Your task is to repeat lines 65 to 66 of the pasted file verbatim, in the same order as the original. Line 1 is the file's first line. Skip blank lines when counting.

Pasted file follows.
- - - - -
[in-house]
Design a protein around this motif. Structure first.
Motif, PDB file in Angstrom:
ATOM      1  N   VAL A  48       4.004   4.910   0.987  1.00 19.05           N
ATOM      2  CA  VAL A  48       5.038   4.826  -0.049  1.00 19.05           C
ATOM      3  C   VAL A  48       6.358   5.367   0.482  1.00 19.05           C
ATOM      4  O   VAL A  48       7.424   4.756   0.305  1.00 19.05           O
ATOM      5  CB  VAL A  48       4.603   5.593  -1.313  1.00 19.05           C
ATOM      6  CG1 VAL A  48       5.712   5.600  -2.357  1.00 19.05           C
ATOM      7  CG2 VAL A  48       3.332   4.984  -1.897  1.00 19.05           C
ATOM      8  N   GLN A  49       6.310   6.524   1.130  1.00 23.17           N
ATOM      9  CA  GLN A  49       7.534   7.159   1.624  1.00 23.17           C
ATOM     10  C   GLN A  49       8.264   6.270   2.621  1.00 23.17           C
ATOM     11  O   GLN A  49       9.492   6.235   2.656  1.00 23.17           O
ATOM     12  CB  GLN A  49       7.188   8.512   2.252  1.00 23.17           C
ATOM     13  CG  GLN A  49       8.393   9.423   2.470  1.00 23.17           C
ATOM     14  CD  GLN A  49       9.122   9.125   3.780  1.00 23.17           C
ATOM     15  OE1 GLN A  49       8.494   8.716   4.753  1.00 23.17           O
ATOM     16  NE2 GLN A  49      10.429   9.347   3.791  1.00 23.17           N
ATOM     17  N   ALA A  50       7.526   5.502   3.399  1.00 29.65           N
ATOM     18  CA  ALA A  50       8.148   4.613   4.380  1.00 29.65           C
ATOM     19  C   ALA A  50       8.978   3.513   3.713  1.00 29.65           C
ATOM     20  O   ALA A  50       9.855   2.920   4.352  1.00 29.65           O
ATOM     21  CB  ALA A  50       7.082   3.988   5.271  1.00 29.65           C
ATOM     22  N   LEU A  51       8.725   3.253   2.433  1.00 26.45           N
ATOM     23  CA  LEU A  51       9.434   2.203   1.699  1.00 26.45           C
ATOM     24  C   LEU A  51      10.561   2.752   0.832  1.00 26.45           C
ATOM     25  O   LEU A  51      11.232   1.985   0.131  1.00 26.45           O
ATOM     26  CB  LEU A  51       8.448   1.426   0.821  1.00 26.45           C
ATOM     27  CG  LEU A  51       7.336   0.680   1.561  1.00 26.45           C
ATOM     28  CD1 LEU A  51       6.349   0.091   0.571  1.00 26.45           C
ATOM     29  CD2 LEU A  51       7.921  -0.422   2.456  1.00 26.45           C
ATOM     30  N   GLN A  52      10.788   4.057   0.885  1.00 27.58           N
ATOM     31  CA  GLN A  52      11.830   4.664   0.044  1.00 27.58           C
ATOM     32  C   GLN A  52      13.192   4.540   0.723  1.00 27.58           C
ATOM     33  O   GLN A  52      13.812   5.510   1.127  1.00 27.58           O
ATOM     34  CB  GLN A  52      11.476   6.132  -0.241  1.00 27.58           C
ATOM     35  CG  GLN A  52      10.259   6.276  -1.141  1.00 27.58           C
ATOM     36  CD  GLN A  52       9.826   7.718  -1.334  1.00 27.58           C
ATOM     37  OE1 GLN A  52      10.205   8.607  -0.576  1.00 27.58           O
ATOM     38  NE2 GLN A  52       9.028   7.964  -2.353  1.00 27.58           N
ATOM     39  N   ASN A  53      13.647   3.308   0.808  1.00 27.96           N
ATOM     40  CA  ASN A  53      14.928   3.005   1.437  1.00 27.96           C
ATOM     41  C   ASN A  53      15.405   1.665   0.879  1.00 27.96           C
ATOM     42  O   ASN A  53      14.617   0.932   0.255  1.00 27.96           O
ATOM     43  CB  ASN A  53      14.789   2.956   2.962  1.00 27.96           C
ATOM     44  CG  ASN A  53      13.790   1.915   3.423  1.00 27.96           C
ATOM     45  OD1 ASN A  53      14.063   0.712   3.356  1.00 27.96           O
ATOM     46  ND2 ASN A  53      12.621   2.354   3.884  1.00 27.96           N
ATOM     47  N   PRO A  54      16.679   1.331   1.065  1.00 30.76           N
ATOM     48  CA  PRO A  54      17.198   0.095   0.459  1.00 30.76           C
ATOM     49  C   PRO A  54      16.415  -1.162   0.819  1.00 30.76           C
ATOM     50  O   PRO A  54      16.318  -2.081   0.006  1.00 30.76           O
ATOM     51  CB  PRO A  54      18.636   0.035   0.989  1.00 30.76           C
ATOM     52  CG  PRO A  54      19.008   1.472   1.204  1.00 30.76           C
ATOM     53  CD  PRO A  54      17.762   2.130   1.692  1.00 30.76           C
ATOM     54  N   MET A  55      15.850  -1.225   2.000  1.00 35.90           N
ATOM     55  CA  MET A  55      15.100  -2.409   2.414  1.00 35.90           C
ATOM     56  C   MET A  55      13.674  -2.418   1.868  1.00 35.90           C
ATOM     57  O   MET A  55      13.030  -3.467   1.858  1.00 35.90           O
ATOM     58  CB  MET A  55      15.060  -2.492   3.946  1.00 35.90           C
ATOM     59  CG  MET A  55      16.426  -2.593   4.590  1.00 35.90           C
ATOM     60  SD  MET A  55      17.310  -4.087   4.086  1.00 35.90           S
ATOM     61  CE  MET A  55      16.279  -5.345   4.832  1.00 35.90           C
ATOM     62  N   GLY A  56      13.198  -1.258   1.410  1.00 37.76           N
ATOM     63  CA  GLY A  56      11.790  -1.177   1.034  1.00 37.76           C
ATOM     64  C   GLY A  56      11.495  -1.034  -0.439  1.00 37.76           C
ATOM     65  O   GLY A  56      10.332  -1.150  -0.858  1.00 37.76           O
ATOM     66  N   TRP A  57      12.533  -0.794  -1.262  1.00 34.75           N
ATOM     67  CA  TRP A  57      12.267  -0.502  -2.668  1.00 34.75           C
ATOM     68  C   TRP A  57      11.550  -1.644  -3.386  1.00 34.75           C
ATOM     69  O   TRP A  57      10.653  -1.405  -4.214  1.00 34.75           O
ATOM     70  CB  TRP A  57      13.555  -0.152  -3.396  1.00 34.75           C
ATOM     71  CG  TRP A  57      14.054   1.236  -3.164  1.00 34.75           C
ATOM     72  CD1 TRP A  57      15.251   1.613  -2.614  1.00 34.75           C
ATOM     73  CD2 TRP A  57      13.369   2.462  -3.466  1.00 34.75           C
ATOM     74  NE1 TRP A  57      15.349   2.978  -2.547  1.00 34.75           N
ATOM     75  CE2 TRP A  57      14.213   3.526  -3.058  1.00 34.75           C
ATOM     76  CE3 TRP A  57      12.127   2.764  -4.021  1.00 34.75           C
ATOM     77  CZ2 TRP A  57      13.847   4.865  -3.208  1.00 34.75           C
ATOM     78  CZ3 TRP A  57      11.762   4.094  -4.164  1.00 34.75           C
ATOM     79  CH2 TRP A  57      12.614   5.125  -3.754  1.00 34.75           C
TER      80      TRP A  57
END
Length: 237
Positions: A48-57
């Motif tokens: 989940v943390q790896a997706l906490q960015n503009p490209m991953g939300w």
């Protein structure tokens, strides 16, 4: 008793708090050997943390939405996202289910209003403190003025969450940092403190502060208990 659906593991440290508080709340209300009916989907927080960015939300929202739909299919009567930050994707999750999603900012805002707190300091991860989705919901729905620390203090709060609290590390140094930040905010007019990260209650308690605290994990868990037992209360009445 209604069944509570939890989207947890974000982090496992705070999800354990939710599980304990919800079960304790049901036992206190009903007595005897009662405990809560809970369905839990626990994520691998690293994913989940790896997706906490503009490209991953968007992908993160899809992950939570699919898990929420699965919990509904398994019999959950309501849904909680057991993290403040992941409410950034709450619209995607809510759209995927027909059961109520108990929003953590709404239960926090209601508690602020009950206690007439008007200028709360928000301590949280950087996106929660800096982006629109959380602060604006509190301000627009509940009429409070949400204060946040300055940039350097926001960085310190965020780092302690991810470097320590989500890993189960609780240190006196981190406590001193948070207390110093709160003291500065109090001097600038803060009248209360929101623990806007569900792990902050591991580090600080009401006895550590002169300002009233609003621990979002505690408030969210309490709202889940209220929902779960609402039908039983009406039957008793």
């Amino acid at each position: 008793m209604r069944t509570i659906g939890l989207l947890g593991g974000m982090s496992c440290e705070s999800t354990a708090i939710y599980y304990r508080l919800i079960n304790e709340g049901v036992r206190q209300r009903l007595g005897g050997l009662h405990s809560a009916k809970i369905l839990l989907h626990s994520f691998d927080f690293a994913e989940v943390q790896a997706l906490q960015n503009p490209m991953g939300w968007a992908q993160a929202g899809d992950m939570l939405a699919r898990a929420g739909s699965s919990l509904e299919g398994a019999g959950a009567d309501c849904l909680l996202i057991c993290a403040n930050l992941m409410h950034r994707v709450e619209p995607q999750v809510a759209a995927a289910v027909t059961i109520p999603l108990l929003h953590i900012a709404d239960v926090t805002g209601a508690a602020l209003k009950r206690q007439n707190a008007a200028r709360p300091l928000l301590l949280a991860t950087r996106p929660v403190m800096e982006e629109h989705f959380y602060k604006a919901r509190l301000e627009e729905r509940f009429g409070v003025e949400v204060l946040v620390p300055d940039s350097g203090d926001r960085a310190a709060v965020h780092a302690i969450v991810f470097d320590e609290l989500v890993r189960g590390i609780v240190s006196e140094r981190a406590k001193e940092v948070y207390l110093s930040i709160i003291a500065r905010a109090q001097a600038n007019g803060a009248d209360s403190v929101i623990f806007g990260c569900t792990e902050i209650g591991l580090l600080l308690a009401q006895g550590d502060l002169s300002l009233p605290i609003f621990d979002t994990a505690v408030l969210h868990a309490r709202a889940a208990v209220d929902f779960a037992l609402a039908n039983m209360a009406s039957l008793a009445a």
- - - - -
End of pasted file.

ATOM     62  N   GLY A  56      13.198  -1.258   1.410  1.00 37.76           N
ATOM     63  CA  GLY A  56      11.790  -1.177   1.034  1.00 37.76           C